The Bluespring Web portal offered crisply delineated access to personal data (such as location and out-of-office notices), task management (including escalation and reassignment), and permissions-based access to reporting features. Permissioned workers can even view color-coded process diagrams highlighting activity status.
Administration of users is uncomplicated. Users' access to processes, reports, and tasks is role/permission based, and multiple roles can be assigned to an individual. On the downside, users with multiple roles don't gain a unified view of the enterprise. Roles can't be combined in Bluespring, limiting your current log-on credentials to a subset of your total tasks and reports. I would prefer to see finer-grained access baked into the package.
It was easy, however, to build up roles and hierarchical staffing associations to be used, for example, to automate escalation of past-due tasks to a supervisor. And, Bluespring can pull data from Active Directory as well as LDAP to build its internal security database.
Sink or swim
I was sorry to see that all custom business intelligence beyond the 50 or so canned reports supplied depended upon the BI stack in Microsoft's SQL Server 2005 Reporting Services. The suite offers no direct interface for easy department-level report autonomy or collaboration.
And although it is Web services-accessible, the inbound taps to the engine amount to little more than process initiators. The package would be better served supporting more complex data exchange, asynchronous call opportunity, and interfaces for real-time process insight.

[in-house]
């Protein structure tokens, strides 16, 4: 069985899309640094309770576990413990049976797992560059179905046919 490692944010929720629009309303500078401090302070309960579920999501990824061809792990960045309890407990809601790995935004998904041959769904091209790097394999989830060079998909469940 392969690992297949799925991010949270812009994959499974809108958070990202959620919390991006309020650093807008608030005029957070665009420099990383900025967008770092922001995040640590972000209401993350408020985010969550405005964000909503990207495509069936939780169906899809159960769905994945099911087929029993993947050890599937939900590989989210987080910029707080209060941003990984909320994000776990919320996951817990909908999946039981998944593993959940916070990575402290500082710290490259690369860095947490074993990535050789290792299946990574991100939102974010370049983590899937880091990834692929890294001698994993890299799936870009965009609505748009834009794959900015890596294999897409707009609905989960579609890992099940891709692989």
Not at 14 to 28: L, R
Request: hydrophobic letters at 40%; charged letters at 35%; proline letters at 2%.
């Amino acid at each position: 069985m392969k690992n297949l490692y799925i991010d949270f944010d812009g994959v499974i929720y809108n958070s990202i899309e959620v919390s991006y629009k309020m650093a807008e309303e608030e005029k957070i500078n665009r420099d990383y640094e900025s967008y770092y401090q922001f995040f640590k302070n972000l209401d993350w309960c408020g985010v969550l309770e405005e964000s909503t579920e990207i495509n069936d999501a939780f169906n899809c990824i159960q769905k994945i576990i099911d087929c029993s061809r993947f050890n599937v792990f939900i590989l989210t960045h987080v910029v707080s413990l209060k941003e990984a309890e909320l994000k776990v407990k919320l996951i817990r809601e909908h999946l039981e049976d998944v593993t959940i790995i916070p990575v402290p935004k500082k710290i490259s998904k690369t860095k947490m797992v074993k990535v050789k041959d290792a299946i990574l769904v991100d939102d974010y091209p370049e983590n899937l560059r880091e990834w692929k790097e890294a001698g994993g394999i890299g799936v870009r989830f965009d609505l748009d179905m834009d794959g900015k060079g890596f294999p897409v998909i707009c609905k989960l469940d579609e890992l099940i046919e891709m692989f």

Bluespring also needs to keep an eye on competitors such as K2 and its forthcoming BlackPearl release. Although Bluespring is currently the easiest choice for SharePoint integration (K2 can get you there but via API and a lot of elbow grease) K2 also has some big plans slated.
Bluespring has demonstrated a good foundation in this release. Solid tools for rapid process development and integration of document-driven workflows could already satisfy many departmental workflows. And, the company has confided a well-defined roadmap due out later this year that points it on a path toward some innovative territories, which are sure to further enhance process management of Microsoft-driven solutions and workforces. This is one company I'm betting on for more good things in the future.
Ease of use (15.0%)
Overall Score (100%)
|Bluespring BPM Suite 4.5||8.0||6.0||8.0||7.0||9.0||7.0|